It has never been easier than it is today to protest against something. There are pre-answered online petitions, and to every political decision comes thousands more or less identical letters of protest. But what role does social media play in all this? Is it a ‘facilitator of participatory processes and mass mobilization’ or something else entirely?
While developments in social media technology has made it easier to make one’s voice heard, it has also served to passify people, as more and more now settle for doing ‘thumbs up’ or ‘thumbs down’. Shorter and less complex texts along with an extreme amount of messages and online campaigns lead to fewer people making time to properly engage and immerse themselves in an issue. Instead, people choose to engage themselves in another emerging new issue while the older one disappear in a flash.
The difference is striking compared to protest movements in the past. Movements tended to resemble slowly growing organisms, engaging people for many years, such as the anti-war movement during the Vietnam War for example. Out of the thousands who sign an online petition, how many show up for a demonstration on the very same issue? 5? 20? Per this logic – do online petitions lead to lazy citizens and a political disconnect? And does this laziness only affect left-wing liberals and not far right-wing conservative forces?
At the same time – and this may seem a bit paradoxical – activists trying to promote democratic values seem to be making it a priority to provide a counterpunch to forums now highly influenced by xenophobic and antidemocratic forces.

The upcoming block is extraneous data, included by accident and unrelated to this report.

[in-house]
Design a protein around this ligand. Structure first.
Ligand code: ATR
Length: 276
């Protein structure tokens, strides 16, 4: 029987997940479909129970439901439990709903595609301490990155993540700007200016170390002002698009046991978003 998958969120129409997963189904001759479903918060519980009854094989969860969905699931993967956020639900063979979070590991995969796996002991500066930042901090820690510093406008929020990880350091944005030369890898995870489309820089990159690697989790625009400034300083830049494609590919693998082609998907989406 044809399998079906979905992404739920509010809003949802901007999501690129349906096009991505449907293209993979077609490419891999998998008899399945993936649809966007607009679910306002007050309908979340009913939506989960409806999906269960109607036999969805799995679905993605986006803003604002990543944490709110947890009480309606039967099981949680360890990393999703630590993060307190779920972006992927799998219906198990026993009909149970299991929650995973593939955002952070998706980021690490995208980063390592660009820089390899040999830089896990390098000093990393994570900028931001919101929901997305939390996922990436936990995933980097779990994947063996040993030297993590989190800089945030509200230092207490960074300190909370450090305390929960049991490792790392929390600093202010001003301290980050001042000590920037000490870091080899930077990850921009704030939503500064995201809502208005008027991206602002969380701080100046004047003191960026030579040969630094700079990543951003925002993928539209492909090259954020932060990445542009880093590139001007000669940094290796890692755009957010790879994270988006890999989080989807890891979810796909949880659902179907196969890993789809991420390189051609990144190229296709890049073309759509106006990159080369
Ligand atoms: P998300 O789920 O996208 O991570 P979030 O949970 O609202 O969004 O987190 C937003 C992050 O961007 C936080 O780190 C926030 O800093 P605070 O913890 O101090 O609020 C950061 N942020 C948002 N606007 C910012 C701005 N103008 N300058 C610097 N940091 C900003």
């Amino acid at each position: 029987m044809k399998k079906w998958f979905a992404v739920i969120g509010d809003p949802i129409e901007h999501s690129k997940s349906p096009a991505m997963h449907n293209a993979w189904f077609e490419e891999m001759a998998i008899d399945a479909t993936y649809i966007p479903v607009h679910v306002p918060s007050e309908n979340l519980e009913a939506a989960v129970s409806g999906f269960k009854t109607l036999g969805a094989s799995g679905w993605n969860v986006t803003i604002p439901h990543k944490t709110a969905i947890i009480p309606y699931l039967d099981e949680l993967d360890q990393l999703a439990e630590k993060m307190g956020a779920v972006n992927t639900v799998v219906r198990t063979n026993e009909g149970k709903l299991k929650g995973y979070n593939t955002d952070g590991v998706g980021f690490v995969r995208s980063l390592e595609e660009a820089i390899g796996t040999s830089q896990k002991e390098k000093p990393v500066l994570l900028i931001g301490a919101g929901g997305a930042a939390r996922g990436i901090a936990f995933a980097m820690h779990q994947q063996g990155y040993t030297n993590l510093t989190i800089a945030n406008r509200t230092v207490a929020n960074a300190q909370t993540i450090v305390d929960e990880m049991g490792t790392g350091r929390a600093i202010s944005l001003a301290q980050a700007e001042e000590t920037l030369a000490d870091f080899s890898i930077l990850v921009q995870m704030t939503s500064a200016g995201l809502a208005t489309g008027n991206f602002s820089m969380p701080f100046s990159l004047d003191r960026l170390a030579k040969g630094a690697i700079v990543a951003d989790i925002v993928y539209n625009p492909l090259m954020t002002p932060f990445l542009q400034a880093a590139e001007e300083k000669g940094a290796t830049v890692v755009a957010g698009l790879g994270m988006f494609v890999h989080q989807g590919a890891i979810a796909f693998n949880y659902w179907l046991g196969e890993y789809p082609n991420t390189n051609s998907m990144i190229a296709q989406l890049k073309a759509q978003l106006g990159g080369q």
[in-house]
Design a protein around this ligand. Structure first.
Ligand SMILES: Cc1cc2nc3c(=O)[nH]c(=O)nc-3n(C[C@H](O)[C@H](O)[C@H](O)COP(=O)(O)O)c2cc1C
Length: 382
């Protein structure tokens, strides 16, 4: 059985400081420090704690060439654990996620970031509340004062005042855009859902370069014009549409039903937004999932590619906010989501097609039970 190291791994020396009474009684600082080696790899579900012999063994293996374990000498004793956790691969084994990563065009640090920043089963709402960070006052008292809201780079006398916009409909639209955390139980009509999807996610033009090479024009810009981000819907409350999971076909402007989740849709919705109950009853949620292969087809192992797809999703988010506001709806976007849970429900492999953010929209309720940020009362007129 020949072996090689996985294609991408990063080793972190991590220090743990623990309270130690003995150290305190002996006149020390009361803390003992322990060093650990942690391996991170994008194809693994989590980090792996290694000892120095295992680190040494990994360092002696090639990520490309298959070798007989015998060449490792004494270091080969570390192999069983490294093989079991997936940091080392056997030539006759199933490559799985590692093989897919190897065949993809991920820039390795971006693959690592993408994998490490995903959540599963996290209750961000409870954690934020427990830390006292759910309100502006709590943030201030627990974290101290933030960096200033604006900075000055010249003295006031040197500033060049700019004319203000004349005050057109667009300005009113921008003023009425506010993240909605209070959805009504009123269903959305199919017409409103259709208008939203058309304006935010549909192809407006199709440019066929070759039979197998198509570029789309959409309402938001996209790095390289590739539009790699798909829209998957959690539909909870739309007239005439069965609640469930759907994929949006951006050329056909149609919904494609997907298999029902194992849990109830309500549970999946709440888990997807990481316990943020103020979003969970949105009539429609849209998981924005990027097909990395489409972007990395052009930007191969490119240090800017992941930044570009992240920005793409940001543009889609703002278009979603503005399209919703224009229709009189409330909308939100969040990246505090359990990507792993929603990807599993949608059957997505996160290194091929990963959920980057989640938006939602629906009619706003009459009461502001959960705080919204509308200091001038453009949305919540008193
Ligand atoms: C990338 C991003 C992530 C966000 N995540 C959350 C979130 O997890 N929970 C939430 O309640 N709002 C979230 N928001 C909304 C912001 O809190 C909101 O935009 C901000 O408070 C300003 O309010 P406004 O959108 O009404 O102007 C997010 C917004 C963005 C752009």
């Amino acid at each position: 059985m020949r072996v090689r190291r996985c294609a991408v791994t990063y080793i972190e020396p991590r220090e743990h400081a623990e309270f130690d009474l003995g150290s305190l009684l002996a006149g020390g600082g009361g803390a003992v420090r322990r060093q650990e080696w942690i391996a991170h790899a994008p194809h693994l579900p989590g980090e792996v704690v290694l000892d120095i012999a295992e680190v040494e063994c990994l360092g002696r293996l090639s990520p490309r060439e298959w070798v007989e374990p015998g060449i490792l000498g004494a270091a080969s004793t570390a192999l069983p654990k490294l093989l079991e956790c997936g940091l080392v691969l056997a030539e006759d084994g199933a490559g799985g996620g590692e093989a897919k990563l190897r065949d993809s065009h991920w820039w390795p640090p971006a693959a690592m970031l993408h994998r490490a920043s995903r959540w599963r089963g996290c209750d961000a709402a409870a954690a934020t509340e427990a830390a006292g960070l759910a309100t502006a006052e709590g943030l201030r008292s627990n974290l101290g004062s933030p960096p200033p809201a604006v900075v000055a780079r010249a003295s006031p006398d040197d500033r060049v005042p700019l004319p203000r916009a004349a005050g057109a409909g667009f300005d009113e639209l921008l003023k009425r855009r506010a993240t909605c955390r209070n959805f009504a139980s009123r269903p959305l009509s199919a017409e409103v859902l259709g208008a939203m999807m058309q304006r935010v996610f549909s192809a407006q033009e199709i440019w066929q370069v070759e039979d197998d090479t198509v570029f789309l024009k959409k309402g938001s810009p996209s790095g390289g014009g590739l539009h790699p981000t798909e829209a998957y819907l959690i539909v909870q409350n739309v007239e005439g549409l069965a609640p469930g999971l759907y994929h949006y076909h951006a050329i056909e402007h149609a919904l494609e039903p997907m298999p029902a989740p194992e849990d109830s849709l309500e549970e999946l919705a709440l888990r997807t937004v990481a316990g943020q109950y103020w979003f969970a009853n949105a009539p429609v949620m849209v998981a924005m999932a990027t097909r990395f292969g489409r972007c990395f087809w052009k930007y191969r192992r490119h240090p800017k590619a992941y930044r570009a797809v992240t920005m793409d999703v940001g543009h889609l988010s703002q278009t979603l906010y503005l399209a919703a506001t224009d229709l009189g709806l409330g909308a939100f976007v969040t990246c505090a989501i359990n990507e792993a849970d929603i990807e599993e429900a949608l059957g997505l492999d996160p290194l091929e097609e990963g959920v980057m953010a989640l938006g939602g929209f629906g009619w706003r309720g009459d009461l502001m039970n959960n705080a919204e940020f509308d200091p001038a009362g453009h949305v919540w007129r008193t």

So how should a progressive, democratic society respond to this development? Are investments in Internet Security the best way to strengthen and protect democracy? Can a group of human rights activists trained in cyber tactics fight an army of internet trolls, or will the trolls, with no responsibility to prove their truth claims, always have the edge?
Frequently hailed as key factors for activists looking to replace repressive regimes and promote democratic values, social media have undoubtedly played a substantial part in major recent political events. However, despite hashtags, live-feeds and Facebook pages in public debate, relatively little research has thus far been carried out on the actual impact of these phenomena on political developments.
A study by researchers from George Washington University has revealed a method of analysis for this purpose. The approach considers 5 levels of analysis – external attention, regime policies, intergroup relations, and individual transformation. In other words, how new media have the potential to change the way people think/act, handle group conflicts, facilitate joint action, spur a reaction among regimes, and attract global attention to a particular country.
Furthermore, the study concluded that perhaps social media is not “the one ring to rule them all” but rather one ring out of many in the toolbox to promote democratic values. Research from the election in Iran in 2009, for example, suggests that traditional media were as influential as social media for the outcome of the election.
Finally, intellectuals and decision-makers perhaps ought to adopt a more nuanced view of the role of social media in democratization processes – recognizing that these phenomena can generate both positive as well as negative outcomes.